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What is the best way to determine how much life insurance I need?

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If I remember the information in "The Wealthy Barber" correctly, he said:

  • Before you're married, you need almost none.
  • When you're married, but before kids, if both people are employed you need almost none. In the case where one person is still going to school, make sure you get enough on the working person so the other person could finish their degree.
  • Once you have kids, you need a lot more. You want to make sure that the other person doesn't have to sell the house. You also want enough capital that it essentially replaces your income for the next 20 years. That way it's enough to get the kids out the door without compromising the way you live now.
  • After that, you probably have some retirement savings anyway. Just get enough that the house will be paid off and the other person can live comfortably.

And as someone once said to me, "make sure you're worth more alive than dead!" :-)

  • +1 almost exactly what I'd have said. I'd consider upping the insurance once you have kids to be sufficient to pay off a chunk of the mortgage, so your partner can have the option to cut back on work if needed – Rich Seller Dec 22 '09 at 20:38
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    Term life insurance is relatively cheap. I can get a $1 million 20 year policy for $600 a year, which should be able to pay off any house that you can prudently mortgage. (I can restart the term in a decade and it will be even cheaper) – SpecKK Aug 11 '10 at 16:23
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After some thought, I follow Dave Ramsey's advice because it's simple and I can do the math in my head - no online calculator needed. :)

You need Life Insurance if someone depends on your income. You can replace your income with a single lump sum of 8-10 times your current income where those who need your income, can get roughly your salary each year from the life insurance proceeds.

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    I wonder what interest rates were like when that advice was originally formulated. Any idea how old that advice is? – Chris W. Rea Aug 9 '10 at 21:10
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    @Chris W. Rea: I think this is based on the S&P500 returns (10.5% average). Dave Ramsey is still holding to that advice. – Alex B Aug 9 '10 at 21:50
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    @ alex b The common advice is that one can withdraw about 4% of retirement funds each year to have a low risk of runout. This would be 25x income. 8-10 may be ok if it's intended to bridge a gap, say to get the kids through school, for example, but not as a permanent solution for a non working spouse. Sometimes simple is too simple, and Dave assumes a 12% long term return. I'd respectfully ask his followers of the last 12 years "how's that working out?" – JoeTaxpayer Aug 23 '11 at 2:15
  • @JoeTaxpayer well salary is taxable and life insurance proceeds are not. Also the 4% rule of thumb is for financing retirements lasting 30 years using market investments with a minimum success rate of 95% or so; it doesn't apply to financing the raising of a family over 22 years or less with a low risk product like insurance. – stannius Mar 14 at 16:20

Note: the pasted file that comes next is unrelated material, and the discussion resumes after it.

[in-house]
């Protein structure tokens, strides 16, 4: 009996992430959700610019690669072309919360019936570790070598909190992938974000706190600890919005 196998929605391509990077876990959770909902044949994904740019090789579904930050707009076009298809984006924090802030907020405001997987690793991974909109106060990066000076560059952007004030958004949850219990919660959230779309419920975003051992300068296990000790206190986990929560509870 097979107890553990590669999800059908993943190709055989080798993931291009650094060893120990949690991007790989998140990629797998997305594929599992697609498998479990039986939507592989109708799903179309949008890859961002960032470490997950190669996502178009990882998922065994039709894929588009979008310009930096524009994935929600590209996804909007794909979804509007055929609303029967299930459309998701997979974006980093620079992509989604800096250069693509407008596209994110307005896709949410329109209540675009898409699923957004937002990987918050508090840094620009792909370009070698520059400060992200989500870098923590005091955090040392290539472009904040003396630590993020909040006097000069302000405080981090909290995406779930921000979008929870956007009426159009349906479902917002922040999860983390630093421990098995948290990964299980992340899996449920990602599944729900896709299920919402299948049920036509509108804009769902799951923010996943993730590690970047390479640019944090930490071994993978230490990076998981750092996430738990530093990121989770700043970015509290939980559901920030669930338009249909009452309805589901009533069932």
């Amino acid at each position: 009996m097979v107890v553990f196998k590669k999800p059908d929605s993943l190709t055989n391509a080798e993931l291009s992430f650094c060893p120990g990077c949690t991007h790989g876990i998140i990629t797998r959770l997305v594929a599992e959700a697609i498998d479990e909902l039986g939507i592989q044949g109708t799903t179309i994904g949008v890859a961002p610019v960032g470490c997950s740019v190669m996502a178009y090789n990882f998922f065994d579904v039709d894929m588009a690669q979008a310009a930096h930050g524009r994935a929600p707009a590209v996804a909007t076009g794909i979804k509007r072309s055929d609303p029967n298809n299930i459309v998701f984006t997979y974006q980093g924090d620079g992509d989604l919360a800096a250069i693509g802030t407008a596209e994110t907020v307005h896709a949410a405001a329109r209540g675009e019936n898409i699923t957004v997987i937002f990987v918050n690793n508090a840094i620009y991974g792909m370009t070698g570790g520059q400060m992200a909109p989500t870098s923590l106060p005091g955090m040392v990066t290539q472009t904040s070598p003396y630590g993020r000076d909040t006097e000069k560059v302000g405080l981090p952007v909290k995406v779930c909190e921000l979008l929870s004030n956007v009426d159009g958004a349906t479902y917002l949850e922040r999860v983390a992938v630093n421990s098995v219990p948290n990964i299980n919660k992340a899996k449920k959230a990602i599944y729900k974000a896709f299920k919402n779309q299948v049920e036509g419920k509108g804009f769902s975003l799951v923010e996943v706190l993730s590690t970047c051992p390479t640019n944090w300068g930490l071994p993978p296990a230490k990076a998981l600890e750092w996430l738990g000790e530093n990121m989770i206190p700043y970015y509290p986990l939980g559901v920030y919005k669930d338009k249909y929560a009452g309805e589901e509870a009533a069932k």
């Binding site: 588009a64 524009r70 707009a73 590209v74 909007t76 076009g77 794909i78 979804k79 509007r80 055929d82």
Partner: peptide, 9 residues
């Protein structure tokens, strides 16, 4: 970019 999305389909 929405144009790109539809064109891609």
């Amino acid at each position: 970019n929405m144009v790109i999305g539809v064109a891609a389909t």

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    To put it simply - Dave has done far, far, more good than harm. I object to his S&P return inflation and high retirement withdrawal suggestion. It's dangerous. I object to his "my way or highway" attitude. You like the snowball method? Ok. But be aware of the extra cost compared to paying high interest cards first. You think credit cards are evil? Ok. But I have documented $60K+ of card rewards (which will pay for 2 yrs of kid's college), and lived on a budget I stick to. And retired at 50. And Dave blocked me on Twitter. Really. – JoeTaxpayer Mar 19 at 20:24
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Life Insurance can be a difficult decision. We have to first assess the "want" for it vs. the "need" for it, and that differs from person to person. Any Life licensed agent should be happy to do this calculation for you at no cost and no obligation. Just be sure you are well educated in the subject to make sure they are looking after YOUR needs and not their wallets. For the majority of clients, when looking at "needs" we will be sure to look at income coverage (less what the household needs with one less body) as well as debt coverage, education costs etc. More importantly make sure you are buying the RIGHT insurance, as much as the right amount.

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    Be very wary of advice from insurance agents, and get at least 3 opinions. Don't be afraid to do the math yourself to make sure you aren't getting fleeced on commissions. i.e. 20-30 year Term Life insurance along with a sound financial plan is usually the best deal. – SpecKK Aug 9 '10 at 23:26
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One simple calculation to determine your life insurance need: D.I.M.E. method

D: Debt All your car loan balances, credit card balances, student loans, business loans, etc.

I: Income Your annual income times 10 (for 10 years of income replacement).

M: Mortgage Your home mortgage balance.

E: Education Your children's education expenses.

You add up all these items, and you'll come up with a proper amount of life insurance coverage. This should be sufficient model for a majority of people.

Yes, your life insurance needs will change as you move through life. Therefore you should sit down with your life insurance agent to review your policy every year and adjust it accordingly.

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protected by Chris W. Rea Jun 16 '12 at 1:57

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